Spanish and Portuguese Jews - Terminology

Terminology

In addition to the term "Spanish and Portuguese Jews", these people are sometimes designated as Portuguese Jews, Jews of the Portuguese nation, Spanish Jews (common mainly in Italy) and Western Sephardim.

The use of the terms Portuguese Jews and Jews of the Portuguese nation in some areas (mainly in the Netherlands and Hamburg/Scandinavia, and at one time in London) seems to have arisen primarily as a way for the Spanish and Portuguese Jews to distance themselves from Spain in the times of political tension and war between Spain and the Netherlands in the 17th century. Similar considerations may have played a role for Jews in Bayonne and Bordeaux, given their proximity to the Spanish border. Another reason for this coinage may have been that a relatively high proportion of the Spanish and Portuguese Jews had Portugal as their immediate point of departure from the Iberian peninsula, as the decree forbidding Judaism in Portugal took place some years later than the expulsion from Spain. The term "Sephardim" necessarily connotes a link with Spain; the distinguishing feature of the group in question was the added link with Portugal: thus as a subset of the Sephardim, "Portuguese" and "Spanish and Portuguese" could be used interchangeably.

In Italy, the term Spanish Jews (Ebrei Spagnoli) is frequently used, but includes the descendants of Jews expelled from the kingdom of Naples, as well as Spanish and Portuguese Jews proper (i.e. conversos and their descendants). In Venice, Spanish and Portuguese Jews were often described as Ponentine (western), to distinguish them from Levantine (eastern) Sephardim from eastern Mediterranean areas. Occasionally Italian Jews distinguish between the "Portuguese Jews" of Pisa and Livorno and the "Spanish Jews" of Venice, Modena and elsewhere.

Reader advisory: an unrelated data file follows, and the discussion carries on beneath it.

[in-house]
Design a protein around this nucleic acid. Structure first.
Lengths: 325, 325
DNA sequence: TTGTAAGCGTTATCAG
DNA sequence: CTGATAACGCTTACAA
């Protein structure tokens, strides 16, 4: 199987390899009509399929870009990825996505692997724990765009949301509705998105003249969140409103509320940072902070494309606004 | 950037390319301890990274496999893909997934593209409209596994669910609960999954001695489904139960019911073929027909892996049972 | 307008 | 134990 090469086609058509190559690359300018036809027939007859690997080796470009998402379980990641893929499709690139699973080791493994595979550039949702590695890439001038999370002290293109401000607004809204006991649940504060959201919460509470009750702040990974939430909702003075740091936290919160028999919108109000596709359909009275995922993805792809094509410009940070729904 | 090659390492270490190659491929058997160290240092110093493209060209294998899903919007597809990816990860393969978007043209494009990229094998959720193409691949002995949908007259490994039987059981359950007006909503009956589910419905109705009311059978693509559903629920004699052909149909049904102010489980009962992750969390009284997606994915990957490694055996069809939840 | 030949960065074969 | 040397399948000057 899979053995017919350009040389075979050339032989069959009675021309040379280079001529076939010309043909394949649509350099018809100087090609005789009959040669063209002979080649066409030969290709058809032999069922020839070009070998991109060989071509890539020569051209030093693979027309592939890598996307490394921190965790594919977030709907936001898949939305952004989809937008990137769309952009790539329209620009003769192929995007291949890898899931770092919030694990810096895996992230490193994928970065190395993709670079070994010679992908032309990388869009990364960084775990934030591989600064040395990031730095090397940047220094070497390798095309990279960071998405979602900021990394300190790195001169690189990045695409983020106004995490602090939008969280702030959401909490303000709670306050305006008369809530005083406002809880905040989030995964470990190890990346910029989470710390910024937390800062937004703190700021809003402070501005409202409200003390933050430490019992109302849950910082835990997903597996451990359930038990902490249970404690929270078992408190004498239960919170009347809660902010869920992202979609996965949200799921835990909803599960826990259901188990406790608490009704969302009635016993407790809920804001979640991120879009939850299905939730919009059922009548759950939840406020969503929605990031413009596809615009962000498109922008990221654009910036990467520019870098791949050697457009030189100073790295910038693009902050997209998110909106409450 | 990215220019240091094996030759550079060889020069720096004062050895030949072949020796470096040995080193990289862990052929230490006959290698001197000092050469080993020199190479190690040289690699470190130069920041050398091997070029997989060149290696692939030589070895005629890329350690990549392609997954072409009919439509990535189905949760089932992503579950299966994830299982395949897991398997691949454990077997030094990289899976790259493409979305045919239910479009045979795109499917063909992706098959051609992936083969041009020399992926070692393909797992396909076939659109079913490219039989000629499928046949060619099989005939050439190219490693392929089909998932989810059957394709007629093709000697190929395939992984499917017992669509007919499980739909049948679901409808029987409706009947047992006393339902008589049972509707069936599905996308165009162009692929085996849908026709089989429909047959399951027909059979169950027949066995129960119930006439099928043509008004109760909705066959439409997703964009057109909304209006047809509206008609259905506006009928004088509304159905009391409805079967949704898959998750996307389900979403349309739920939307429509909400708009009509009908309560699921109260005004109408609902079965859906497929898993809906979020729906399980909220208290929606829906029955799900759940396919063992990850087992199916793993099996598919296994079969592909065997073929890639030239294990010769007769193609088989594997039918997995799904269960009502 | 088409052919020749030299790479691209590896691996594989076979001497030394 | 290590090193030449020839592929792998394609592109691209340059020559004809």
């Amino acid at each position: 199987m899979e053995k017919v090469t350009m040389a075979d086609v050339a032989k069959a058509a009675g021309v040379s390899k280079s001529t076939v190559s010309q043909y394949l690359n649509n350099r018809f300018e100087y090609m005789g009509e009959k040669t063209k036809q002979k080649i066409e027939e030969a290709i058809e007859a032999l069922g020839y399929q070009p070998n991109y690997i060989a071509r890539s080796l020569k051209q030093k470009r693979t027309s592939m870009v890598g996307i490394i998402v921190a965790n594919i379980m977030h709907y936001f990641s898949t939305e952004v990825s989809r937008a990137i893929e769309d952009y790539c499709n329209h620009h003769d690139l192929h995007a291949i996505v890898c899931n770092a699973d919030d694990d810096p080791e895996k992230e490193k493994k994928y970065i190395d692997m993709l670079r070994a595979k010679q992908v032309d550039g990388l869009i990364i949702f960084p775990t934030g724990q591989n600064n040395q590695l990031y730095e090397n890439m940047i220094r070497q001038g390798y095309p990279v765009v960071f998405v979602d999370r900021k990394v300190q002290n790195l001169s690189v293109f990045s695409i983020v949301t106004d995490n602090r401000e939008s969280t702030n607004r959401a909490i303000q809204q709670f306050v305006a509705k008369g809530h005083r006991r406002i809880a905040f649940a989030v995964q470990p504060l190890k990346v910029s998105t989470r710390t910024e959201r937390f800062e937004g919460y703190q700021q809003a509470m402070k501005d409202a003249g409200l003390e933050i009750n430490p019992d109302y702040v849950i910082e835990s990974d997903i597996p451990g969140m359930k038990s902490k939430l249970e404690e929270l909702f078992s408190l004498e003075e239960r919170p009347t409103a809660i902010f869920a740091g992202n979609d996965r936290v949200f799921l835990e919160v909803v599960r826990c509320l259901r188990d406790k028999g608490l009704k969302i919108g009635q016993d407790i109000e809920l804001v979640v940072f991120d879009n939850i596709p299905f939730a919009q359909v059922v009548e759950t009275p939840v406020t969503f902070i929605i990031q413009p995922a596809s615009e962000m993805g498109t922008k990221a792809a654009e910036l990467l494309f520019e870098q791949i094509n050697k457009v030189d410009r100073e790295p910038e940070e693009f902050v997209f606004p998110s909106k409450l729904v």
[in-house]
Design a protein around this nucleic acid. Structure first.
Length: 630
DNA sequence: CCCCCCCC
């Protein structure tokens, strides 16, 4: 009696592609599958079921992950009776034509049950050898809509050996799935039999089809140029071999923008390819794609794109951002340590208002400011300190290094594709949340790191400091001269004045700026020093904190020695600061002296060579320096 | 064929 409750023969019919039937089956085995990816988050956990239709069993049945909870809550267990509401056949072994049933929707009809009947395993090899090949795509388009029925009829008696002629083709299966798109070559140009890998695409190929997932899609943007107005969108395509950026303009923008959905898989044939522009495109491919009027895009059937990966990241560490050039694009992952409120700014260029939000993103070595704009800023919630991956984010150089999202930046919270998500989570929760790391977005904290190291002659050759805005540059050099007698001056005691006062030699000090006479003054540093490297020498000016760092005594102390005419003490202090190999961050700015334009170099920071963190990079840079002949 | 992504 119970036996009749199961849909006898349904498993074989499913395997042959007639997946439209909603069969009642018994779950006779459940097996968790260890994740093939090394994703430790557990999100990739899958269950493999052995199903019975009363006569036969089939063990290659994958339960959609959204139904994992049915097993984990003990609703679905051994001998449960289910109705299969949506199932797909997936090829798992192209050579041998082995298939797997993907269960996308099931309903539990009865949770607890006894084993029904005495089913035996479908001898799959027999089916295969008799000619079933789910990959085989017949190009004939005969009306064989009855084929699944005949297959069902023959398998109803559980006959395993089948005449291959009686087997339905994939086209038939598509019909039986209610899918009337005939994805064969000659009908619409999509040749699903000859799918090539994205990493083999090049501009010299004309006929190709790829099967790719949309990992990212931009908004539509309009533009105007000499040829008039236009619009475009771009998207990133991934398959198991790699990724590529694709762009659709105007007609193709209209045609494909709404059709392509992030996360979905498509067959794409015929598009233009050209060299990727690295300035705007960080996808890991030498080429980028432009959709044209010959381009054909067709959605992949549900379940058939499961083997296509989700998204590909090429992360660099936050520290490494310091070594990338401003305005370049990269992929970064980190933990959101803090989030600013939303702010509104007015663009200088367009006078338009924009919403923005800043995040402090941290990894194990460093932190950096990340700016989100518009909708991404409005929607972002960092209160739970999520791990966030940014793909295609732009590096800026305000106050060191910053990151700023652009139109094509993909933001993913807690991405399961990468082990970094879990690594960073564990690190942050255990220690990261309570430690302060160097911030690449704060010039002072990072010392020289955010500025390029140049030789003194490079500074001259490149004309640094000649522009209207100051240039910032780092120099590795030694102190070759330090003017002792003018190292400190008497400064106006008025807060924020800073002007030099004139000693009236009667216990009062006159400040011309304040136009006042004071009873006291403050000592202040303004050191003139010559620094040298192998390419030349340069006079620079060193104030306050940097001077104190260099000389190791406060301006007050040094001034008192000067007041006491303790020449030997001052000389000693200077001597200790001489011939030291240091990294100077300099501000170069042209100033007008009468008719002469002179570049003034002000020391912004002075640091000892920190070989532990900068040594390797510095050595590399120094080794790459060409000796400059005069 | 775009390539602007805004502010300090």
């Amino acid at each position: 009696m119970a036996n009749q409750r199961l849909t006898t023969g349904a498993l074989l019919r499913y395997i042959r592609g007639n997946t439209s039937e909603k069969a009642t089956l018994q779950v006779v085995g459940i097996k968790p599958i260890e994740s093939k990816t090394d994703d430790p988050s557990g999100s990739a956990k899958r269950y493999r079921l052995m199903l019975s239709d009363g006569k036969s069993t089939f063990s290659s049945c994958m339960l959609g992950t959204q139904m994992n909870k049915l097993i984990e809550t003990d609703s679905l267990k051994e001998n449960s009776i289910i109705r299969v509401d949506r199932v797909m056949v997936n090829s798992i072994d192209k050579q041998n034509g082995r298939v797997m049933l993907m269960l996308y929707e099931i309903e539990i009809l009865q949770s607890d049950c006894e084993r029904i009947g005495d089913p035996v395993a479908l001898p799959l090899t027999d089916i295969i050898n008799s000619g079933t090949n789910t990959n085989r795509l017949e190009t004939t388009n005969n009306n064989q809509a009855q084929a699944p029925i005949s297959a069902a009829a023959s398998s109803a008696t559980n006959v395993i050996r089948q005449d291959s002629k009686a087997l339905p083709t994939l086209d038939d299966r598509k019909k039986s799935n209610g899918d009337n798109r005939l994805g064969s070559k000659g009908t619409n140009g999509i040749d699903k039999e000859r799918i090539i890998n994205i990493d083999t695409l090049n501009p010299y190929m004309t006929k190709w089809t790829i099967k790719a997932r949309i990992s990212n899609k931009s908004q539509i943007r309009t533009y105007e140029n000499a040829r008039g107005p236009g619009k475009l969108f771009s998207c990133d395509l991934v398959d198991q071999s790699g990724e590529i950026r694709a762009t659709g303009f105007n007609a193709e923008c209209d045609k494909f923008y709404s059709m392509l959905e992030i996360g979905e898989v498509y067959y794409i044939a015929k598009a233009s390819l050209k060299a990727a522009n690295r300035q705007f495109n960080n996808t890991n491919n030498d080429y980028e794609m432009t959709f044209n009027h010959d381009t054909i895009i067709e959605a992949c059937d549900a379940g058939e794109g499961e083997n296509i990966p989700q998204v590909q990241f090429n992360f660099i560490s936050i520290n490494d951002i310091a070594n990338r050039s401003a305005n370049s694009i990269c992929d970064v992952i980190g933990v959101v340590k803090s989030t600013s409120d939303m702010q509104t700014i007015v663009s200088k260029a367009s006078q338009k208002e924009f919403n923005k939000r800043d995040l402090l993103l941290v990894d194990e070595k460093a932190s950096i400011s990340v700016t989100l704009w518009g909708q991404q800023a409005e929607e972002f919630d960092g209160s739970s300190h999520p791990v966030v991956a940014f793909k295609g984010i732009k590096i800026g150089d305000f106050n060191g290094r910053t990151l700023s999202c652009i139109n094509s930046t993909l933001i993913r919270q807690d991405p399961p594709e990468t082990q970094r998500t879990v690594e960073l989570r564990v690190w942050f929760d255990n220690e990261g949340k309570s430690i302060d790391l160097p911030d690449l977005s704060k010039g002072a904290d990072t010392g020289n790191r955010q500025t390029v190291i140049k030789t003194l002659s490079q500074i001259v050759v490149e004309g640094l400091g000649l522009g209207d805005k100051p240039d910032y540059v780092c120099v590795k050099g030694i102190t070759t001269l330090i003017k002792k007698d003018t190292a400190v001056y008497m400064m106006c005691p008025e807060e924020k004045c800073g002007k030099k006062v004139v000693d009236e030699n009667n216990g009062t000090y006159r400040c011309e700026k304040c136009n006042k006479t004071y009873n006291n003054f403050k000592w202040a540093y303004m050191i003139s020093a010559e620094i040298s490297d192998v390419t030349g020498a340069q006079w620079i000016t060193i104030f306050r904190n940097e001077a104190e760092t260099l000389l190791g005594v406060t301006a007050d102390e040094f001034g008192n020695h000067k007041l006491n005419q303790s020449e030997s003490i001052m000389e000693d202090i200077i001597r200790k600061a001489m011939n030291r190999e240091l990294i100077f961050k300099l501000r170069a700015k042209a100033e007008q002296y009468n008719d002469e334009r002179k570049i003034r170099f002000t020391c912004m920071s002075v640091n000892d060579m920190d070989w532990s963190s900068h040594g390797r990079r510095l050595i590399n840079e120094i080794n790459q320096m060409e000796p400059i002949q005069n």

The term Western Sephardim is frequently used in modern research literature, but it may be problematic. It has been used to refer to either Spanish and Portuguese Jews, or Spanish-Moroccan Jews, or, in some cases, both of these. It is even occasionally used to include Greek and Balkan Sephardim, so as to contrast European Sephardim in general with Mizrahi Jews.

The scholar Joseph Dan distinguishes "medieval Sephardim" (Spanish exiles in the Ottoman Empire) from "Renaissance Sephardim" (Spanish and Portuguese communities), referring to the respective times of their formative contacts with Spanish language and culture.

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